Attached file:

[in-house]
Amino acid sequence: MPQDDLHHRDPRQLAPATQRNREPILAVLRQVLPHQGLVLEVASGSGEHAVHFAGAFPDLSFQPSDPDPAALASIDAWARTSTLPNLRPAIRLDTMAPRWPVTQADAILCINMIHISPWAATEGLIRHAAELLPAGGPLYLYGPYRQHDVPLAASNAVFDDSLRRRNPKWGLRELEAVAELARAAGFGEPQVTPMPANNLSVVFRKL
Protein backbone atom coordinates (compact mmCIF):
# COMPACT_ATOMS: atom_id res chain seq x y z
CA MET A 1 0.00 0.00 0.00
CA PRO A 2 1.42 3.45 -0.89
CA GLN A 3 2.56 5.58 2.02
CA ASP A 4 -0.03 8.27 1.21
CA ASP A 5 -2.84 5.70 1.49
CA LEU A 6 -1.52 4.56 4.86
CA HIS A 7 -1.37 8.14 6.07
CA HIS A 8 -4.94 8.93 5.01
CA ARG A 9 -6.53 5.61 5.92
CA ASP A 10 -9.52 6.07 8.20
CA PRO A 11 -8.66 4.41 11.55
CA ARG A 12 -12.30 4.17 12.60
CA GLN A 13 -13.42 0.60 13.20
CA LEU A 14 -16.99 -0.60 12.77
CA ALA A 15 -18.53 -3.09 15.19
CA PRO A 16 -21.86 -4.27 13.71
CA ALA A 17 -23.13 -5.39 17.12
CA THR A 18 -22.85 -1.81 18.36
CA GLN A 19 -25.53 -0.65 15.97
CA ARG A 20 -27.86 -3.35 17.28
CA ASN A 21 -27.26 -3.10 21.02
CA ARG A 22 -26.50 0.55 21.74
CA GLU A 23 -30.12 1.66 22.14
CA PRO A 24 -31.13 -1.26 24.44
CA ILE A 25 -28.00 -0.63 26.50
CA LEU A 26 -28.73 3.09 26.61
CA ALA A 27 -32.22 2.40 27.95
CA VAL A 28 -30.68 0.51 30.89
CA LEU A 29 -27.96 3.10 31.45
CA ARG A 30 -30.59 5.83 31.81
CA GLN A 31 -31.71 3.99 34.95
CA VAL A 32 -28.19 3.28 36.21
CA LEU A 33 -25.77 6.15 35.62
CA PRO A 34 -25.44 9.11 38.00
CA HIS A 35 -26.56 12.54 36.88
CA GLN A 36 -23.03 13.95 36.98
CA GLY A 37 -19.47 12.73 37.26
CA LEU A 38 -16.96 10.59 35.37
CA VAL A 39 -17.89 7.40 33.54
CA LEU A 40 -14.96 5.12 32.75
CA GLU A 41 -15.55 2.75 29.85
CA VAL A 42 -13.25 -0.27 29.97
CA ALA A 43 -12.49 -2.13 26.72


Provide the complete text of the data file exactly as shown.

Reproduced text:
[in-house]
Amino acid sequence: MPQDDLHHRDPRQLAPATQRNREPILAVLRQVLPHQGLVLEVASGSGEHAVHFAGAFPDLSFQPSDPDPAALASIDAWARTSTLPNLRPAIRLDTMAPRWPVTQADAILCINMIHISPWAATEGLIRHAAELLPAGGPLYLYGPYRQHDVPLAASNAVFDDSLRRRNPKWGLRELEAVAELARAAGFGEPQVTPMPANNLSVVFRKL
Protein backbone atom coordinates (compact mmCIF):
# COMPACT_ATOMS: atom_id res chain seq x y z
CA MET A 1 0.00 0.00 0.00
CA PRO A 2 1.42 3.45 -0.89
CA GLN A 3 2.56 5.58 2.02
CA ASP A 4 -0.03 8.27 1.21
CA ASP A 5 -2.84 5.70 1.49
CA LEU A 6 -1.52 4.56 4.86
CA HIS A 7 -1.37 8.14 6.07
CA HIS A 8 -4.94 8.93 5.01
CA ARG A 9 -6.53 5.61 5.92
CA ASP A 10 -9.52 6.07 8.20
CA PRO A 11 -8.66 4.41 11.55
CA ARG A 12 -12.30 4.17 12.60
CA GLN A 13 -13.42 0.60 13.20
CA LEU A 14 -16.99 -0.60 12.77
CA ALA A 15 -18.53 -3.09 15.19
CA PRO A 16 -21.86 -4.27 13.71
CA ALA A 17 -23.13 -5.39 17.12
CA THR A 18 -22.85 -1.81 18.36
CA GLN A 19 -25.53 -0.65 15.97
CA ARG A 20 -27.86 -3.35 17.28
CA ASN A 21 -27.26 -3.10 21.02
CA ARG A 22 -26.50 0.55 21.74
CA GLU A 23 -30.12 1.66 22.14
CA PRO A 24 -31.13 -1.26 24.44
CA ILE A 25 -28.00 -0.63 26.50
CA LEU A 26 -28.73 3.09 26.61
CA ALA A 27 -32.22 2.40 27.95
CA VAL A 28 -30.68 0.51 30.89
CA LEU A 29 -27.96 3.10 31.45
CA ARG A 30 -30.59 5.83 31.81
CA GLN A 31 -31.71 3.99 34.95
CA VAL A 32 -28.19 3.28 36.21
CA LEU A 33 -25.77 6.15 35.62
CA PRO A 34 -25.44 9.11 38.00
CA HIS A 35 -26.56 12.54 36.88
CA GLN A 36 -23.03 13.95 36.98
CA GLY A 37 -19.47 12.73 37.26
CA LEU A 38 -16.96 10.59 35.37
CA VAL A 39 -17.89 7.40 33.54
CA LEU A 40 -14.96 5.12 32.75
CA GLU A 41 -15.55 2.75 29.85
CA VAL A 42 -13.25 -0.27 29.97
CA ALA A 43 -12.49 -2.13 26.72